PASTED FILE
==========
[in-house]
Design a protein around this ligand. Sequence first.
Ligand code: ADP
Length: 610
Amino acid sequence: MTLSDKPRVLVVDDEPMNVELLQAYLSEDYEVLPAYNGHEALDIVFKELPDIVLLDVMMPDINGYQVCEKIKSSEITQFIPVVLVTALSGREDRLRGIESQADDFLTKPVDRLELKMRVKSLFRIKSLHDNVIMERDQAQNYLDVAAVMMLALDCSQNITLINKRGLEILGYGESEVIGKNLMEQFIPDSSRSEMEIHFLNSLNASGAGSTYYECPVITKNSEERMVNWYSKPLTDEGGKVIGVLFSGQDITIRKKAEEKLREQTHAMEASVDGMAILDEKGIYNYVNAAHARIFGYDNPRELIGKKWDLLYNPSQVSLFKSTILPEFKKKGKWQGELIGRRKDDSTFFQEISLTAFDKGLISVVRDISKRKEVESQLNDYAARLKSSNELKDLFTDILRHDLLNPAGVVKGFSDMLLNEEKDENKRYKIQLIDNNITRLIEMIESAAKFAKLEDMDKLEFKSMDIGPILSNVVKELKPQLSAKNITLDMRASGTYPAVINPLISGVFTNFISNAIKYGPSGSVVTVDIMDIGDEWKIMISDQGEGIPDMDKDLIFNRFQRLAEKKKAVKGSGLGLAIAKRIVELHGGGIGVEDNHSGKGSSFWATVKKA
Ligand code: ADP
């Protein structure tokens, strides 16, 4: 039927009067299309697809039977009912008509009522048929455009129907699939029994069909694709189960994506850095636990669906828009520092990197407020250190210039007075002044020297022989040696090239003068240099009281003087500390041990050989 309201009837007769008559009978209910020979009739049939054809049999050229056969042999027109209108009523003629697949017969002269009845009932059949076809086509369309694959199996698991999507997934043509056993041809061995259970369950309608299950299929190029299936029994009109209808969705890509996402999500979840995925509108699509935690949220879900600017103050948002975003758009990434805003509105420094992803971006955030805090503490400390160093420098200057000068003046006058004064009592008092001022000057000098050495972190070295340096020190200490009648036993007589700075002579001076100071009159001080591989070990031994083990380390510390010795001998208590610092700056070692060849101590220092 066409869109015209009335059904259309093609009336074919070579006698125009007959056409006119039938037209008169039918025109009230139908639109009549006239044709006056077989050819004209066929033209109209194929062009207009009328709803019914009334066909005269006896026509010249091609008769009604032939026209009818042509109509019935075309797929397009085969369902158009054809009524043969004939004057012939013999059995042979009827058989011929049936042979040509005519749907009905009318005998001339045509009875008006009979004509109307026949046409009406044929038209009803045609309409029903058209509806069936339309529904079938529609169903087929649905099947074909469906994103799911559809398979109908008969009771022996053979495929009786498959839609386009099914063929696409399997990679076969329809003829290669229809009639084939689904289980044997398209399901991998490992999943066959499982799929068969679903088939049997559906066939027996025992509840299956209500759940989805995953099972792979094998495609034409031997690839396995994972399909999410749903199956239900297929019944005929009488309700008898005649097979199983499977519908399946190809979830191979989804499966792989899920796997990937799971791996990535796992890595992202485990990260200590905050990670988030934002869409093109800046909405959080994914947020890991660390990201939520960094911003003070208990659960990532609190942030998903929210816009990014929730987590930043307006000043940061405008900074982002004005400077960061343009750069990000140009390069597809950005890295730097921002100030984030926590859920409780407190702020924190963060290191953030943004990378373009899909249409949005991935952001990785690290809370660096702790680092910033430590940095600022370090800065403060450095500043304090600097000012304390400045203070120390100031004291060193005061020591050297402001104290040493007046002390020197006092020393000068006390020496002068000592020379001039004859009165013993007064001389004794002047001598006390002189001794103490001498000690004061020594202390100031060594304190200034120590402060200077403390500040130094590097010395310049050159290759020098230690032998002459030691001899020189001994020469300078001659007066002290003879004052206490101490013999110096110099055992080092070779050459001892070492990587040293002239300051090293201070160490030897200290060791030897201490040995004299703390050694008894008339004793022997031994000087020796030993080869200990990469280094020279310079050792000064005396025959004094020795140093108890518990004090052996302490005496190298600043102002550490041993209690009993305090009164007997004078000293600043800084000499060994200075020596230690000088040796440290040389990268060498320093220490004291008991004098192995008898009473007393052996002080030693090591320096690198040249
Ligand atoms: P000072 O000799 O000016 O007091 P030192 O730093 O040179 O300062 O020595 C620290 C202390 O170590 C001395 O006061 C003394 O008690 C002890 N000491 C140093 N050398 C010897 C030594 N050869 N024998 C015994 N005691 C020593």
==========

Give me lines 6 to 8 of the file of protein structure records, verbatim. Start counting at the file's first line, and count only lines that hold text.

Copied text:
Ligand code: ADP
């Protein structure tokens, strides 16, 4: 039927009067299309697809039977009912008509009522048929455009129907699939029994069909694709189960994506850095636990669906828009520092990197407020250190210039007075002044020297022989040696090239003068240099009281003087500390041990050989 309201009837007769008559009978209910020979009739049939054809049999050229056969042999027109209108009523003629697949017969002269009845009932059949076809086509369309694959199996698991999507997934043509056993041809061995259970369950309608299950299929190029299936029994009109209808969705890509996402999500979840995925509108699509935690949220879900600017103050948002975003758009990434805003509105420094992803971006955030805090503490400390160093420098200057000068003046006058004064009592008092001022000057000098050495972190070295340096020190200490009648036993007589700075002579001076100071009159001080591989070990031994083990380390510390010795001998208590610092700056070692060849101590220092 066409869109015209009335059904259309093609009336074919070579006698125009007959056409006119039938037209008169039918025109009230139908639109009549006239044709006056077989050819004209066929033209109209194929062009207009009328709803019914009334066909005269006896026509010249091609008769009604032939026209009818042509109509019935075309797929397009085969369902158009054809009524043969004939004057012939013999059995042979009827058989011929049936042979040509005519749907009905009318005998001339045509009875008006009979004509109307026949046409009406044929038209009803045609309409029903058209509806069936339309529904079938529609169903087929649905099947074909469906994103799911559809398979109908008969009771022996053979495929009786498959839609386009099914063929696409399997990679076969329809003829290669229809009639084939689904289980044997398209399901991998490992999943066959499982799929068969679903088939049997559906066939027996025992509840299956209500759940989805995953099972792979094998495609034409031997690839396995994972399909999410749903199956239900297929019944005929009488309700008898005649097979199983499977519908399946190809979830191979989804499966792989899920796997990937799971791996990535796992890595992202485990990260200590905050990670988030934002869409093109800046909405959080994914947020890991660390990201939520960094911003003070208990659960990532609190942030998903929210816009990014929730987590930043307006000043940061405008900074982002004005400077960061343009750069990000140009390069597809950005890295730097921002100030984030926590859920409780407190702020924190963060290191953030943004990378373009899909249409949005991935952001990785690290809370660096702790680092910033430590940095600022370090800065403060450095500043304090600097000012304390400045203070120390100031004291060193005061020591050297402001104290040493007046002390020197006092020393000068006390020496002068000592020379001039004859009165013993007064001389004794002047001598006390002189001794103490001498000690004061020594202390100031060594304190200034120590402060200077403390500040130094590097010395310049050159290759020098230690032998002459030691001899020189001994020469300078001659007066002290003879004052206490101490013999110096110099055992080092070779050459001892070492990587040293002239300051090293201070160490030897200290060791030897201490040995004299703390050694008894008339004793022997031994000087020796030993080869200990990469280094020279310079050792000064005396025959004094020795140093108890518990004090052996302490005496190298600043102002550490041993209690009993305090009164007997004078000293600043800084000499060994200075020596230690000088040796440290040389990268060498320093220490004291008991004098192995008898009473007393052996002080030693090591320096690198040249
Ligand atoms: P000072 O000799 O000016 O007091 P030192 O730093 O040179 O300062 O020595 C620290 C202390 O170590 C001395 O006061 C003394 O008690 C002890 N000491 C140093 N050398 C010897 C030594 N050869 N024998 C015994 N005691 C020593």